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Privatization of Alberta's air fleet will cost citizens money and change nothing

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Jim Prentice

Privatization of the Alberta government's four-plane air fleet, announced this morning by unelected Premier Jim Prentice at his first official news conference, makes plenty of political sense, but will end up costing citizens more and change nothing.

This is always the pattern with the privatization of public services. Now, in addition to having to pay for airplane services for the top dogs of the provincial government, we taxpayers will have to build in a margin to cover corporate profits, plus higher private-sector insurance and borrowing costs.

The people who run the company that gets the government's business will make out like bandits. Employees -- quite possibly including pilots -- will see their compensation and benefits diminished. And the public will know nothing, because the details will all be hidden behind an anti-accountability cloaking device known as "corporate confidentiality."

In fact, we only know what we know about the abuses of the Redford Government because it was a public service they were abusing.

Can anyone doubt for a moment that once the dust from Alison Redford's catastrophic premiership has settled, the top level of Alberta's political elite -- whichever party happens to be in power -- won't go back to using the charter air fleet in exactly the same way as the Redford, Stelmach and Klein governments used the government's own planes?

For a spell, ministers and other officials will symbolically fly commercial. Will that last? We'll see about that. In the mean time, the use of charter flights will have to continue and grow, because Air Canada and Westjet are not about to add scheduled flights to places like Manyberries, Zama City and Spirit River. There are many such places in Alberta where our politicians have legitimate business.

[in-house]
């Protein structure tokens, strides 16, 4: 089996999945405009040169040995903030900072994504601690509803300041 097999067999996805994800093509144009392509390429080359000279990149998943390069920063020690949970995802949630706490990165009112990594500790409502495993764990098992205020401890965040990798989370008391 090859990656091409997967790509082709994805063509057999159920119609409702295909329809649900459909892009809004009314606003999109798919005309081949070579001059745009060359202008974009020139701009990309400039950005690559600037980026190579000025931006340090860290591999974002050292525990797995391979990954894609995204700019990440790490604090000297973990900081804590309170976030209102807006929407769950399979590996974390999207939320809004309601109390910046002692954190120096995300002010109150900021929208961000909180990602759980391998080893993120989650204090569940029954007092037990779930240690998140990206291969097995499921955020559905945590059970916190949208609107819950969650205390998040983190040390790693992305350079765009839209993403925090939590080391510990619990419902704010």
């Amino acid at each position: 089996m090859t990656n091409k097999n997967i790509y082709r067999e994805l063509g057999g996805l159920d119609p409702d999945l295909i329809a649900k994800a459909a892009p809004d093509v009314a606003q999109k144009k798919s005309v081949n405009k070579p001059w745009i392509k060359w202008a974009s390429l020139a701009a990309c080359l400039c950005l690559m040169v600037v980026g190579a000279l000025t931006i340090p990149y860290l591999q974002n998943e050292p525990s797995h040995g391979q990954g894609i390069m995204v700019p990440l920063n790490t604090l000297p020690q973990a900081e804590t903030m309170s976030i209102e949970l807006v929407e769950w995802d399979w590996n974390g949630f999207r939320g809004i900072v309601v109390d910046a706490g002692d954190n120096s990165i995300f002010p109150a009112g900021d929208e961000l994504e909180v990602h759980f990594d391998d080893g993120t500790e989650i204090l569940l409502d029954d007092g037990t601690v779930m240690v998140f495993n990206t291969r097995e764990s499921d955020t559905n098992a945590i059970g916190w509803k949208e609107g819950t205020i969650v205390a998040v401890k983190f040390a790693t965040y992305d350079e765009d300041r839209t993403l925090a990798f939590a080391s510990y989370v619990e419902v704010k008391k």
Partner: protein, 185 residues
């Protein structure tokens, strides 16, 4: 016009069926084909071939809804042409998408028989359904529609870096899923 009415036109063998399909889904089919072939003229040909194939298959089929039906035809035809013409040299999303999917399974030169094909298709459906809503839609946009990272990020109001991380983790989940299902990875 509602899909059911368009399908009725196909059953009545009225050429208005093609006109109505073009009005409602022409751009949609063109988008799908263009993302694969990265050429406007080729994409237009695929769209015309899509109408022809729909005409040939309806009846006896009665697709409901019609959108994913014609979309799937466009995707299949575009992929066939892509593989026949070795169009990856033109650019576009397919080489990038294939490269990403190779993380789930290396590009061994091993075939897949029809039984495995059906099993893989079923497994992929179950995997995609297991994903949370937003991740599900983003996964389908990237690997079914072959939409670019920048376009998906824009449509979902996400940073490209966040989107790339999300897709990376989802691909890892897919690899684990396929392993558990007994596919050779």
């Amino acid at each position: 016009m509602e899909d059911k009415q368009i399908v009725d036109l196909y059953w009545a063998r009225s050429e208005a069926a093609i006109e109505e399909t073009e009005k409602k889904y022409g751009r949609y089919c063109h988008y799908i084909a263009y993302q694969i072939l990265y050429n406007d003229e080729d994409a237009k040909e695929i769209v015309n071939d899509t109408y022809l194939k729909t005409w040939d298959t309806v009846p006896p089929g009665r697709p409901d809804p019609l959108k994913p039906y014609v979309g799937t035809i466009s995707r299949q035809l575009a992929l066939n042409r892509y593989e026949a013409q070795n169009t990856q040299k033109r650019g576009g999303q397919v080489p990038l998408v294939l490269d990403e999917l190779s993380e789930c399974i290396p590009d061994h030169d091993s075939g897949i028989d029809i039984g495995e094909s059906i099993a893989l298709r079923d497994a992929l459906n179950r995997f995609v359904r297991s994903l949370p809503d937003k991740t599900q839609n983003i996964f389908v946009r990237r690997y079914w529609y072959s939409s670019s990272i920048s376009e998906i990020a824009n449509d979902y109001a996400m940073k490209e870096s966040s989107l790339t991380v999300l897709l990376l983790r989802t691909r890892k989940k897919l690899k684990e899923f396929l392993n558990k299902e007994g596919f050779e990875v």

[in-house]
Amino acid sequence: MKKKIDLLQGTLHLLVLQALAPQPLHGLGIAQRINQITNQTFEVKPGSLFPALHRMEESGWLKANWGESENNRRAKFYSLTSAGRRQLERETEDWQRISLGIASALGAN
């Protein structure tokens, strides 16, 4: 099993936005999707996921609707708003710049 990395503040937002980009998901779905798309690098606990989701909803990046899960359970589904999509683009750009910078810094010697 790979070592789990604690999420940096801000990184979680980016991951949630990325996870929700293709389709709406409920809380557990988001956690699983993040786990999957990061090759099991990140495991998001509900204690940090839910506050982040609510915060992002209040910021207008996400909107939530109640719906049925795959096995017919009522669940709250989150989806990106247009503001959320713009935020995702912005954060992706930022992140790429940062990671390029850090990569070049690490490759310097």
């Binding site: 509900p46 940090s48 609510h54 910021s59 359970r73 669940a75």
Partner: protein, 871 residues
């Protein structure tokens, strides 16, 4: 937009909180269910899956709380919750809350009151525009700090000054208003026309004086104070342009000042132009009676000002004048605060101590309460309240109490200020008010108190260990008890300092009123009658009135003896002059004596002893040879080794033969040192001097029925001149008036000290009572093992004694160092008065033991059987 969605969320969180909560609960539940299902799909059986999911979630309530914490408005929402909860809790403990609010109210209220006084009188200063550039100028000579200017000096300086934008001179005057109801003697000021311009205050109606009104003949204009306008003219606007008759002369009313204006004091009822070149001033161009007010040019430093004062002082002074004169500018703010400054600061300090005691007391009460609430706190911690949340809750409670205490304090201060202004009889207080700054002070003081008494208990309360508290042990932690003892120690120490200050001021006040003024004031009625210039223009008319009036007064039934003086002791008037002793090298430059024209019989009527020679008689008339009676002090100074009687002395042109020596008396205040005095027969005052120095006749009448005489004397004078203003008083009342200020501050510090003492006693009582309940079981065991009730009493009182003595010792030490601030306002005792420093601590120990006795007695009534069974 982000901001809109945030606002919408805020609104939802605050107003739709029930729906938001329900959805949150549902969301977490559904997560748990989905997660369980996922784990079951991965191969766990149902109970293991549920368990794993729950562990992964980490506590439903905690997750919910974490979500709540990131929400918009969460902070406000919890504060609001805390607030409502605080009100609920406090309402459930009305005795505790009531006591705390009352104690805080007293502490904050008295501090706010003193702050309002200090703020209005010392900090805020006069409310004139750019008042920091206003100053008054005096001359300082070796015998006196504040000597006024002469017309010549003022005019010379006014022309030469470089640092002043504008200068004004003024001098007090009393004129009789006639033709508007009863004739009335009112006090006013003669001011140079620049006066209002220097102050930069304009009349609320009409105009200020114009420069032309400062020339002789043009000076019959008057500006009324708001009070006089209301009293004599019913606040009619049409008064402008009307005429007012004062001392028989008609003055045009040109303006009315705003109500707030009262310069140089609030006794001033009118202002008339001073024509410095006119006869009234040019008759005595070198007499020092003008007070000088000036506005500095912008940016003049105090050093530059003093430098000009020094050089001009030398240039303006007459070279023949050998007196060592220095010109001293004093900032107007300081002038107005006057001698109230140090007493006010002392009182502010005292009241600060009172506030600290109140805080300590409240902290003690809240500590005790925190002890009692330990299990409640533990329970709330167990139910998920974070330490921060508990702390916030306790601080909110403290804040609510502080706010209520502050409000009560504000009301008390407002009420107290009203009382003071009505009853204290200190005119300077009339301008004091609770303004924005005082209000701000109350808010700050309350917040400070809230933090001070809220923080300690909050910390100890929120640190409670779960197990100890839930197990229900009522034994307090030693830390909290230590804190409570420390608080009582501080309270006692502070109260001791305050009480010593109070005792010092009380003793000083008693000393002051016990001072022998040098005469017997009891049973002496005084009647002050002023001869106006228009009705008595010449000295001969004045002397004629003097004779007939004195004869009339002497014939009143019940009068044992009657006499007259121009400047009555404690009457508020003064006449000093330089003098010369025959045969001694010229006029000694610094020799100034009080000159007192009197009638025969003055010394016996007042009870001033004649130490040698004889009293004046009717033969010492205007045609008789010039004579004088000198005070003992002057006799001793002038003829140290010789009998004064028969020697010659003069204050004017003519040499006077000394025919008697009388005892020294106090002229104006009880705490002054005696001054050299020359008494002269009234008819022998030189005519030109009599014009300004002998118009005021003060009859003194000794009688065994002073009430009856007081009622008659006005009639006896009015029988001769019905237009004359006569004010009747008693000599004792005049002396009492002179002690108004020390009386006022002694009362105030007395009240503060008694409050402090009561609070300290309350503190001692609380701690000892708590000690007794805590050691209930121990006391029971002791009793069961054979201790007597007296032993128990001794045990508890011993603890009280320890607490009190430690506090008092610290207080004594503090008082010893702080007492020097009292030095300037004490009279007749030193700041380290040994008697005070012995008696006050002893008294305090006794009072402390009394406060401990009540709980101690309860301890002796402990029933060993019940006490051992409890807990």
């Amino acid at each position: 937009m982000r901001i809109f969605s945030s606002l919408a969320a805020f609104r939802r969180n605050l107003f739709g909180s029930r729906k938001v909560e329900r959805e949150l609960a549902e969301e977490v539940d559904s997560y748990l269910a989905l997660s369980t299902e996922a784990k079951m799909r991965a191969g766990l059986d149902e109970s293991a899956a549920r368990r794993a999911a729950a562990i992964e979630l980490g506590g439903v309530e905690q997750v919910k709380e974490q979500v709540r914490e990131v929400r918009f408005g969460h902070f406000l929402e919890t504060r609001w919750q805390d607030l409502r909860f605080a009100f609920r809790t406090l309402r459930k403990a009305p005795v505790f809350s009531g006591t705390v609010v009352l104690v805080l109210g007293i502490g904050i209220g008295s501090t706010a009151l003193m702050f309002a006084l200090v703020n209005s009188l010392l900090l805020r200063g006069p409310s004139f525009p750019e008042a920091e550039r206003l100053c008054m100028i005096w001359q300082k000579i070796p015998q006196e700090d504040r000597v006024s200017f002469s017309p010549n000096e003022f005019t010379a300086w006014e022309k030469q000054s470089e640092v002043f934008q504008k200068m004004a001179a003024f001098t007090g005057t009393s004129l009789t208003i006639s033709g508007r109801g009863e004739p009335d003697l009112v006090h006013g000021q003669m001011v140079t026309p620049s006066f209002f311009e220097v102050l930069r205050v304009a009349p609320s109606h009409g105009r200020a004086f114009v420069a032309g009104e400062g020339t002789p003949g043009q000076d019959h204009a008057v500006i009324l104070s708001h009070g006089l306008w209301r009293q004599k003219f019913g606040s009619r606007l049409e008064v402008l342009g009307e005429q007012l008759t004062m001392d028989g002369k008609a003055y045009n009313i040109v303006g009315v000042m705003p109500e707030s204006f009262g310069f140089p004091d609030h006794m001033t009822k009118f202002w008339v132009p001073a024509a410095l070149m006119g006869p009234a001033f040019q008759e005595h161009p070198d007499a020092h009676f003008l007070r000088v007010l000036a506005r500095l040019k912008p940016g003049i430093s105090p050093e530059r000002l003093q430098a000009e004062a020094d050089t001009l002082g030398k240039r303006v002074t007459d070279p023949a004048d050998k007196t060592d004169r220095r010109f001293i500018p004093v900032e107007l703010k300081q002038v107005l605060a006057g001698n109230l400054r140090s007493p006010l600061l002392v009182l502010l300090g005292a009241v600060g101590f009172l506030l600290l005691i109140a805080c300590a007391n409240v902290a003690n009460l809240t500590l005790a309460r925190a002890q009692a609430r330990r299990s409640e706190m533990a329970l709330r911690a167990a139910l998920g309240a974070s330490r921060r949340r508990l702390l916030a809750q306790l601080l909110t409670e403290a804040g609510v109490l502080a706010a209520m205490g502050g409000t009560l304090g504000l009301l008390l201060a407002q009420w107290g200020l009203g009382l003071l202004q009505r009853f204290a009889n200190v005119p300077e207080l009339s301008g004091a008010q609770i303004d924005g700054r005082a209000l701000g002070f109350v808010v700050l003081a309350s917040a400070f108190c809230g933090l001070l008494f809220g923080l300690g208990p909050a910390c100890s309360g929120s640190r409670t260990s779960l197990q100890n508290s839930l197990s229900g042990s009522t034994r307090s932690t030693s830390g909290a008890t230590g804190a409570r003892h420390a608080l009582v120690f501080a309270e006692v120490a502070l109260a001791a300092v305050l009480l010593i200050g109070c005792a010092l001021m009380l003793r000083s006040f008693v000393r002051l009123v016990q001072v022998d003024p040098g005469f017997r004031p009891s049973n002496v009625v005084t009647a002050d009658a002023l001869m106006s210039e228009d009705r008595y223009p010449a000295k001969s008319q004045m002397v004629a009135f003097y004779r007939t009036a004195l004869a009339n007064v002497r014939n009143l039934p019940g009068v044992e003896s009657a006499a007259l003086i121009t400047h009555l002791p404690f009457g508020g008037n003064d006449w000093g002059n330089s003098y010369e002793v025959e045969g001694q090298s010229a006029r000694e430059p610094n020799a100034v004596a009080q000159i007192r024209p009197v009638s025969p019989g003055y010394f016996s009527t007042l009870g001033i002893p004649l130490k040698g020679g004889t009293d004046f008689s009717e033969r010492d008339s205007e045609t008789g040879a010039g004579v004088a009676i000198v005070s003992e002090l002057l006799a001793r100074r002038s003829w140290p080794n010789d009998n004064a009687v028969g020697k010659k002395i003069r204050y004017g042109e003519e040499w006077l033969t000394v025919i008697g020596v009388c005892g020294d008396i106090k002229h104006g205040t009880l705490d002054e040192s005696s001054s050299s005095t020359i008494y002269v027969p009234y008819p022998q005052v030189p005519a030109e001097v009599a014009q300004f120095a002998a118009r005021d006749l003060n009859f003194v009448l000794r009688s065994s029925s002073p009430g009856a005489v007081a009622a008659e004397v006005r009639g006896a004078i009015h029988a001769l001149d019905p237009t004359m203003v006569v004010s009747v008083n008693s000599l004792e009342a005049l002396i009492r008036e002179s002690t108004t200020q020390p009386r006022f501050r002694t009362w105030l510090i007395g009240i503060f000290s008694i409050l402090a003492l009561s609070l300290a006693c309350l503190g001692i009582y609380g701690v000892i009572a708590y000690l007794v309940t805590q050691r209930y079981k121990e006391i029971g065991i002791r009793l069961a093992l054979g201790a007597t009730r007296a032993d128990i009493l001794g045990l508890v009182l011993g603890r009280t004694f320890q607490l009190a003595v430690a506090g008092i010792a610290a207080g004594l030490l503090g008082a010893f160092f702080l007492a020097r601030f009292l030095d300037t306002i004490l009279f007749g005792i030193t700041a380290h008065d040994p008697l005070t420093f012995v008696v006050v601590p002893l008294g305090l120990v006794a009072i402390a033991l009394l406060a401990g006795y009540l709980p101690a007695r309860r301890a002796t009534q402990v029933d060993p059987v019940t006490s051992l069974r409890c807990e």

Likewise, the need for private flights restricted to the premier and his or her staff will not go away, especially as elections approach.

That said, in Prentice's defence, given the excesses of the Redford Government, the purely political need to sell off the planes must have been irresistible. This is why it was predicted in this space on July 31.

This is despite the fact the four small aircraft served a useful purpose for the citizens of Alberta.

For flights within Alberta, government aircraft save time for legitimate government work and allow for double tasking by the premier and his or her staff -- exactly what Redford and her political advisors were apparently trying to do when some idiot cooked up their stupid Fakes on a Plane scheme in which made-up passengers were block booked and then cancelled at the last moment so the ex-premier and her aides could fly in privacy.

With government aircraft in a province the size of Alberta, officials can fly in and out of some of the smallest airports, work between meetings and avoid having to be paid while they line up for commercial flights.

Despite Redford's unconscionable misuse of the planes, Albertans should ponder whether we will really be better off once the aircraft are sold and the work contracted out to the high-cost private sector.

This post also appears on David Climenhaga's blog, Alberta Diary.

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